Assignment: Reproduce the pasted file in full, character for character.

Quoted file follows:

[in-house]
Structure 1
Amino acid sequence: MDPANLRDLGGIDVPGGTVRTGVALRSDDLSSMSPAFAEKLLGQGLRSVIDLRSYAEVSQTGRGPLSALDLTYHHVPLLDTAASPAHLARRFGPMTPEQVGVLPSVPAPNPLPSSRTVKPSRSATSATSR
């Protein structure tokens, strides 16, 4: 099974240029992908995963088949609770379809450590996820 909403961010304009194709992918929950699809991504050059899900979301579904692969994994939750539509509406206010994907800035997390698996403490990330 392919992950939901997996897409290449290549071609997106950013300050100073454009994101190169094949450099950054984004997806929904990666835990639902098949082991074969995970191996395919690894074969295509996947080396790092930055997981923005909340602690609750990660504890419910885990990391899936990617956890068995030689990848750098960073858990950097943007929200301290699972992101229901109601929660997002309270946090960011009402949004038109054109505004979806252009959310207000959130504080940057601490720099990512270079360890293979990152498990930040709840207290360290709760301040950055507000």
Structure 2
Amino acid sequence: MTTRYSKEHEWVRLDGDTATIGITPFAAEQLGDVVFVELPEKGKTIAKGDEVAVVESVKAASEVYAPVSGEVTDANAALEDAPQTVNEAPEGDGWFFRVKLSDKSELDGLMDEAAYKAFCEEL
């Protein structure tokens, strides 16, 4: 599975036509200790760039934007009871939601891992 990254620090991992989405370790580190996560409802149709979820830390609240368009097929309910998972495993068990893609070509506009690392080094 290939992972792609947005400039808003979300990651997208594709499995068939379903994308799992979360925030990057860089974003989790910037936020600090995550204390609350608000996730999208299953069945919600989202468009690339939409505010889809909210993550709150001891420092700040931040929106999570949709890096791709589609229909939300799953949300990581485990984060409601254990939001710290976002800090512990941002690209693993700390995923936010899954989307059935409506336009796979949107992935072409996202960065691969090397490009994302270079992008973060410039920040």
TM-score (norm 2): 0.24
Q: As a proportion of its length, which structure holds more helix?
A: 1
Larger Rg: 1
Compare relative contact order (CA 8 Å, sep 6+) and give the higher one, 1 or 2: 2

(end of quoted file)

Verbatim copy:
[in-house]
Structure 1
Amino acid sequence: MDPANLRDLGGIDVPGGTVRTGVALRSDDLSSMSPAFAEKLLGQGLRSVIDLRSYAEVSQTGRGPLSALDLTYHHVPLLDTAASPAHLARRFGPMTPEQVGVLPSVPAPNPLPSSRTVKPSRSATSATSR
């Protein structure tokens, strides 16, 4: 099974240029992908995963088949609770379809450590996820 909403961010304009194709992918929950699809991504050059899900979301579904692969994994939750539509509406206010994907800035997390698996403490990330 392919992950939901997996897409290449290549071609997106950013300050100073454009994101190169094949450099950054984004997806929904990666835990639902098949082991074969995970191996395919690894074969295509996947080396790092930055997981923005909340602690609750990660504890419910885990990391899936990617956890068995030689990848750098960073858990950097943007929200301290699972992101229901109601929660997002309270946090960011009402949004038109054109505004979806252009959310207000959130504080940057601490720099990512270079360890293979990152498990930040709840207290360290709760301040950055507000």
Structure 2
Amino acid sequence: MTTRYSKEHEWVRLDGDTATIGITPFAAEQLGDVVFVELPEKGKTIAKGDEVAVVESVKAASEVYAPVSGEVTDANAALEDAPQTVNEAPEGDGWFFRVKLSDKSELDGLMDEAAYKAFCEEL
């Protein structure tokens, strides 16, 4: 599975036509200790760039934007009871939601891992 990254620090991992989405370790580190996560409802149709979820830390609240368009097929309910998972495993068990893609070509506009690392080094 290939992972792609947005400039808003979300990651997208594709499995068939379903994308799992979360925030990057860089974003989790910037936020600090995550204390609350608000996730999208299953069945919600989202468009690339939409505010889809909210993550709150001891420092700040931040929106999570949709890096791709589609229909939300799953949300990581485990984060409601254990939001710290976002800090512990941002690209693993700390995923936010899954989307059935409506336009796979949107992935072409996202960065691969090397490009994302270079992008973060410039920040």
TM-score (norm 2): 0.24
Q: As a proportion of its length, which structure holds more helix?
A: 1
Larger Rg: 1
Compare relative contact order (CA 8 Å, sep 6+) and give the higher one, 1 or 2: 2